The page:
Under keel clearance management

Using an advanced under keel clearance management (UKCM) system will reduce your chances of running aground.

Maintaining a safe vertical distance between your ships hull and the ocean floor keeps the keel clear of the seabed and reduces the chances of running aground.

What is a UKCM system?

The under keel clearance management (UKCM) system helps large ships to navigate through the Torres Strait in Australia's north.

The system implemented by AMSA, for use by coastal pilots when transiting ships with a draught greater than nine metres through Torres Strait, calculates the depth of water underneath the keel throughout the transit in near real-time, taking account of a number of variables, including the height of tide, the speed of the ship, the ship’s squat, tidal streams and the dynamic motions of the vessel.

The UKCM system receives input from a number of sensors deployed at various locations through the system’s area of operations, as well as data from the ship via the ship’s onboard Automatic Identification System (AIS).

UKCM for ships transiting Torres Strait

AMSA operates a UKCM system in Torres Strait that helps large ships to safely navigate through the Torres Strait, in Australia's north.

The UKCM system put in place by AMSA, is primarily for use by coastal pilots when transiting ships through a specific section of Torres Strait. The system calculates in near real time, the depth of water underneath the keel throughout the transit, taking account of:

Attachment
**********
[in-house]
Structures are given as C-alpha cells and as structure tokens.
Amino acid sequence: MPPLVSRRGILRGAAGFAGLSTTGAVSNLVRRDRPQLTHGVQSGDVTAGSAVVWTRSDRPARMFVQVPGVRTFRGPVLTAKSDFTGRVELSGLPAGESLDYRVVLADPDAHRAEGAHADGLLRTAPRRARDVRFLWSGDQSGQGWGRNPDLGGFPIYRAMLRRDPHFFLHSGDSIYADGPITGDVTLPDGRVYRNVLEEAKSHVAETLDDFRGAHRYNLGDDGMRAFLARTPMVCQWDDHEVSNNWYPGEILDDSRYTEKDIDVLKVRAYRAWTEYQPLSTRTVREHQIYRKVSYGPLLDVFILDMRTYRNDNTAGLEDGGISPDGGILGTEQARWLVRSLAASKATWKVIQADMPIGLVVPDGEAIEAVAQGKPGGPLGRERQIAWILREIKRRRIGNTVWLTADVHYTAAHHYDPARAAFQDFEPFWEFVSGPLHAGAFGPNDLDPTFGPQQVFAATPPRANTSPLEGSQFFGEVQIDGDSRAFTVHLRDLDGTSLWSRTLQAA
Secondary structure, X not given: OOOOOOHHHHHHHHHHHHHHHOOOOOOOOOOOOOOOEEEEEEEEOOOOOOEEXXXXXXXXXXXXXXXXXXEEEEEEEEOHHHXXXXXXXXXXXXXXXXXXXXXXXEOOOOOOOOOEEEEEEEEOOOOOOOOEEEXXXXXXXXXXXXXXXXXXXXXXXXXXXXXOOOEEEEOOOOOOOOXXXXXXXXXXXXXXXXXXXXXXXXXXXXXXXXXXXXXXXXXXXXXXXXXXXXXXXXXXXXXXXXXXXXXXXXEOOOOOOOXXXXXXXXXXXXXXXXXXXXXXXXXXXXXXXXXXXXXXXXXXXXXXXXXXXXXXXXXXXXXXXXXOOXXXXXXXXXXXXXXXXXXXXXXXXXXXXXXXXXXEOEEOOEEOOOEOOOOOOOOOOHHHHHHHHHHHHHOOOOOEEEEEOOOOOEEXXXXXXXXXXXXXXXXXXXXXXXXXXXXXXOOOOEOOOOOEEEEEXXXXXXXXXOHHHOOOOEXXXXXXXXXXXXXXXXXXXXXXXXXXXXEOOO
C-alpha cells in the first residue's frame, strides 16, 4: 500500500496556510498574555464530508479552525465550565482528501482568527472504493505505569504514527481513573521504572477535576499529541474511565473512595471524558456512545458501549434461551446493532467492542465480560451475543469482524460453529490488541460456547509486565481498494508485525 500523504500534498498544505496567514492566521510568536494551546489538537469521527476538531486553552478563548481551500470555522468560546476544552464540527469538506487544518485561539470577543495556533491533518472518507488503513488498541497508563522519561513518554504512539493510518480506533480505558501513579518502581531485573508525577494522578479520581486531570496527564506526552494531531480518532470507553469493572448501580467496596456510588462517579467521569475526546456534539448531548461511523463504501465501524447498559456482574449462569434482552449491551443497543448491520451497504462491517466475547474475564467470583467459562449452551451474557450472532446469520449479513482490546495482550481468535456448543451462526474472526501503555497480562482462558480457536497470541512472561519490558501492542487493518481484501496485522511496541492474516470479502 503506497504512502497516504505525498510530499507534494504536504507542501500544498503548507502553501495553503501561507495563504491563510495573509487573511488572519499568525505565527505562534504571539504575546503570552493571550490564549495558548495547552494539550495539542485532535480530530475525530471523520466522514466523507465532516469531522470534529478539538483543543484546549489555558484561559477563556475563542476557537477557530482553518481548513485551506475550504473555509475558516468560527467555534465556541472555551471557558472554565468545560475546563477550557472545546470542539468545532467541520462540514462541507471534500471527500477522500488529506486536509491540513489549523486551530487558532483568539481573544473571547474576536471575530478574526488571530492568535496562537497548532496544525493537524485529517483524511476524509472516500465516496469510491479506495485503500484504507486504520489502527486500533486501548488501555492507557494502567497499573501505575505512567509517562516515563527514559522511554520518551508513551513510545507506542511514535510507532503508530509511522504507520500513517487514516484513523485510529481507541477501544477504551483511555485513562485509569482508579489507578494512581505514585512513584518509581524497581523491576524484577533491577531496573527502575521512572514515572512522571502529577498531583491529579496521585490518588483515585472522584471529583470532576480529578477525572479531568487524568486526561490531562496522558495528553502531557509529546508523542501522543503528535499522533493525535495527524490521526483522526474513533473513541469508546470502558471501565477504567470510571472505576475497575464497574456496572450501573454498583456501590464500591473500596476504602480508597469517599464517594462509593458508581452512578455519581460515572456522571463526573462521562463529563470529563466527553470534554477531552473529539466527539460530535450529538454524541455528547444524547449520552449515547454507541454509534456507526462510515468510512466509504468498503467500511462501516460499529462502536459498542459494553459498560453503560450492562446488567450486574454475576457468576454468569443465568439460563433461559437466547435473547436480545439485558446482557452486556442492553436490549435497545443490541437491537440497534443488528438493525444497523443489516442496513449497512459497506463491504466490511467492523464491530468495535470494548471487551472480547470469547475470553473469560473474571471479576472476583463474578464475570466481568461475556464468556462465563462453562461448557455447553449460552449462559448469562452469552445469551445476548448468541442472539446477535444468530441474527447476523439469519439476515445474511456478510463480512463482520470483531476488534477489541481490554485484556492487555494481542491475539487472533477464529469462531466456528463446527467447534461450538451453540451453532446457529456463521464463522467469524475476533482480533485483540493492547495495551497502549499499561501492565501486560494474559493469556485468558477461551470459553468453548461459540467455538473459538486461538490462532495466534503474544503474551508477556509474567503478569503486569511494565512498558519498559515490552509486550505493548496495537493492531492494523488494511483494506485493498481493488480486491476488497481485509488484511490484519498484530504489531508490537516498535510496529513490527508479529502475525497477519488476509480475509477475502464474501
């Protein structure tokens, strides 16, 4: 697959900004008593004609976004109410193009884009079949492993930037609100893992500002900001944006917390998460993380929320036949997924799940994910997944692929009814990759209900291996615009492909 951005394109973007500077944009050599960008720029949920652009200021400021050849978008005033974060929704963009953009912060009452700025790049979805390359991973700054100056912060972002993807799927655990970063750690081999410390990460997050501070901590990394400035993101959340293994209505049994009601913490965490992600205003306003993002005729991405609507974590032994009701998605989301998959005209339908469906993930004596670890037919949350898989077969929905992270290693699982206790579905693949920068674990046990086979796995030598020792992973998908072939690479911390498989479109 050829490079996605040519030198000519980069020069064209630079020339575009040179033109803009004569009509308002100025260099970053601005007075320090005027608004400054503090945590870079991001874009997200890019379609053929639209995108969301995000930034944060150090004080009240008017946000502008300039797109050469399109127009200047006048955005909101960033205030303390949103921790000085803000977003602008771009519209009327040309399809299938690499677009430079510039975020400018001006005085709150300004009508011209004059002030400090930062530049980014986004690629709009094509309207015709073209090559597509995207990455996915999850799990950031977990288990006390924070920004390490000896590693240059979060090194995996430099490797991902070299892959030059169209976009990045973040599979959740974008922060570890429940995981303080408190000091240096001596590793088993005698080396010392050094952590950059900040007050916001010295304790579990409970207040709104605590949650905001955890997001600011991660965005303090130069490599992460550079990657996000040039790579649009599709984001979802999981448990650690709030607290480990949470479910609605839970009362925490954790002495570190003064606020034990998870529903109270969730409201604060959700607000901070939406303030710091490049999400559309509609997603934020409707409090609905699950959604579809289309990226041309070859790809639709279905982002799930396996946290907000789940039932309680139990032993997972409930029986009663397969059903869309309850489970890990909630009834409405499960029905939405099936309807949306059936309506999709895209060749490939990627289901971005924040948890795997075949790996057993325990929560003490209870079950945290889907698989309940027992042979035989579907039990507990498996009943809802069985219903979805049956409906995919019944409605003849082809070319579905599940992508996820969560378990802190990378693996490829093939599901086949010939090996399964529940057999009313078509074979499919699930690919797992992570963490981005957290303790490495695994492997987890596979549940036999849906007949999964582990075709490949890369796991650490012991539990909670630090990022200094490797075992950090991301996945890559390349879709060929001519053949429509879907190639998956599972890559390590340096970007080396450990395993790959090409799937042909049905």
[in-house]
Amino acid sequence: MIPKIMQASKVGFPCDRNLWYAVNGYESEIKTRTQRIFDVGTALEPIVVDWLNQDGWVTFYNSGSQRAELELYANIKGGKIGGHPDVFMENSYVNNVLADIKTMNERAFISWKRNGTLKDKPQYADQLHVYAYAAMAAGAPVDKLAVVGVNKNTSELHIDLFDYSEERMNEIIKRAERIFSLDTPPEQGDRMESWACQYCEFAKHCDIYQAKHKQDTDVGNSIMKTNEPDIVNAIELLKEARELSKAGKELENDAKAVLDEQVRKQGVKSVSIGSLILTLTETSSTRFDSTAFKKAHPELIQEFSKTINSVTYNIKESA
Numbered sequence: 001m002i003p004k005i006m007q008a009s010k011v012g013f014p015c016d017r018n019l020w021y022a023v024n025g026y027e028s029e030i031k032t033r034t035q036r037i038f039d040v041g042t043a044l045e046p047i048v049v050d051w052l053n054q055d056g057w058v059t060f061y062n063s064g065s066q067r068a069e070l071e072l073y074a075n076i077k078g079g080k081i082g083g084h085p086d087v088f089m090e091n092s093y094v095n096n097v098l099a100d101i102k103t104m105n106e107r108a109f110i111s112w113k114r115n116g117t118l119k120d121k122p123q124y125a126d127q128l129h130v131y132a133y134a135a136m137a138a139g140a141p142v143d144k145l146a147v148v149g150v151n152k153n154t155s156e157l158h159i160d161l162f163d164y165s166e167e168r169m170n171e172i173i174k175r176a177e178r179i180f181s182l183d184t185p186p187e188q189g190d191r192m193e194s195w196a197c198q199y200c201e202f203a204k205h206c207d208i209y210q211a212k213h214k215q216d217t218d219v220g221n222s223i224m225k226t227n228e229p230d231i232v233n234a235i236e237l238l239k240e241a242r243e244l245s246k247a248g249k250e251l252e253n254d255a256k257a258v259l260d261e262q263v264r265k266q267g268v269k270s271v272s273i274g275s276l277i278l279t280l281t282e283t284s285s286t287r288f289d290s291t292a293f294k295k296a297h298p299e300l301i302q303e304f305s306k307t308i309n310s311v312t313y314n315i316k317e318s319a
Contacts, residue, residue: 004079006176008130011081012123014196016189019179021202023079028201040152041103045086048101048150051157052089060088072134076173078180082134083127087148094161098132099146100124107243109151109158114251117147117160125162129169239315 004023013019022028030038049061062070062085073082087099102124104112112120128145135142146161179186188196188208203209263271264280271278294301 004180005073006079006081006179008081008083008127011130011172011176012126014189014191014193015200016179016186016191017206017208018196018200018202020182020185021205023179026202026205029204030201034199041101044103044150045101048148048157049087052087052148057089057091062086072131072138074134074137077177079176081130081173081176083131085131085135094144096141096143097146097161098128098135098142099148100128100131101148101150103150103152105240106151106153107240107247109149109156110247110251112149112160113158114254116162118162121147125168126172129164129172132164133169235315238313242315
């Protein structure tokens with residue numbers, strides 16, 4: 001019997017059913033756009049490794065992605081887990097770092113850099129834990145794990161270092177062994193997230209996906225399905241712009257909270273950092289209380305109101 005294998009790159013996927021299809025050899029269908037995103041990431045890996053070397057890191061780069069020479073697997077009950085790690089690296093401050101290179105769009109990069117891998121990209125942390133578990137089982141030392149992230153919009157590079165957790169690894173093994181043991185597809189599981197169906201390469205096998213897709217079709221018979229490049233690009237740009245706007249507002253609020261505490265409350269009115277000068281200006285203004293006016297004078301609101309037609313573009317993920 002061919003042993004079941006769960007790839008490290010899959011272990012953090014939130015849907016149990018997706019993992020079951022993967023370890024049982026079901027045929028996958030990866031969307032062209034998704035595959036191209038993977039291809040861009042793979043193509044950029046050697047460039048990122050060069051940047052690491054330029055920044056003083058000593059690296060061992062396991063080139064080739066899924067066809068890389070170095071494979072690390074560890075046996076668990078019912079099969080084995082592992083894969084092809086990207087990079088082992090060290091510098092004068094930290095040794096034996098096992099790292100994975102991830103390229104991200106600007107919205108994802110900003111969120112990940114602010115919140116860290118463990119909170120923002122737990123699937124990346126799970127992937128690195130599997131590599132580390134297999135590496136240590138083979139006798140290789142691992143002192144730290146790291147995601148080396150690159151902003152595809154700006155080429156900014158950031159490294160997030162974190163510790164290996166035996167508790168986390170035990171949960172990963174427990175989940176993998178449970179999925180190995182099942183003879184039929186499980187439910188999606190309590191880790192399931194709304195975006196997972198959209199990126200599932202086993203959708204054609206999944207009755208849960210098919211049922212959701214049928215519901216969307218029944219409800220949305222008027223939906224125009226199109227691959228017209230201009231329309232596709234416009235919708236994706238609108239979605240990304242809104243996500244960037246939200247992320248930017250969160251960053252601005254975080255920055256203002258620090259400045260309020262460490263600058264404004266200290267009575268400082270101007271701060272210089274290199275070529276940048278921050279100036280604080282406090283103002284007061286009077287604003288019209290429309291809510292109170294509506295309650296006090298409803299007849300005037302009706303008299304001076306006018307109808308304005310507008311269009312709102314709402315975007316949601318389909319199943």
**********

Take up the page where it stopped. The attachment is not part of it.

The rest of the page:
• the height of tide 
  • tidal streams
  • the speed of the ship
  • dynamic motions of the ship (ie squat and heel).

AMSA regulation of under keel clearance in Torres Strait

Details of under keel clearance requirements in Torres Strait are provided in Marine Order 54 (Coastal pilotage).

Marine Order 54 outlines that pilots of ships transiting Torres Strait with draughts of 8 metres up to 12.2 metres must have a UKCM system plan.

On 1 November 2021, changes were made to Marine Order 54, with the issue of Marine Order 54 (Torres Strait draught variation) – Exemption 2021

The changes mean that pilots of ships transiting Torres Strait with draughts of 9 metres up to 12.5 metres must have a UKCM system plan.

The changes to minimum and maximum draught limits came about following extensive sea trials. A comprehensive analysis report confirmed the accuracy of the Torres Strait UKCM system for ships up to 12.5 metres draught.

While the maximum permitted draught of vessels transiting Torres Strait has increased, the amount of under keel clearance required has not changed. 

UKCM system background information

The original Marine Order 54 draught limitation of 12.2 metres reflected the previous imperial measure of 40 feet, which was based on a study conducted in the 1970’s by the (then) Federal Department for Transport.

Vessels with a draught of 12.2 metres were thought to be able to pass through Torres Strait on any day of the year while maintaining the required under keel clearance. Ships were restricted to conducting the transit during projected periods of high water.

Following the introduction of compulsory pilotage in Torres Strait in 2006, another study investigated whether a new method could provide better safety margins and economic benefits for ships.

The 2007 study report recommended a UKCM system for ships with draughts between 8 metres and 12.2 metres.

We declared the UKCM system ‘operational’ in December 2011.

Use of the UKCM system (by AMSA-licensed coastal pilots assigned to the transit of ships through Varzin Passage, Gannet Passage and the Prince of Wales Channel) became a condition of pilotage providers’ licences in January 2014.

The requirement to use the UKCM system was included in Marine Order 54 (Coastal pilotage) in July 2014.

Related information

Last updated: 1 February 2023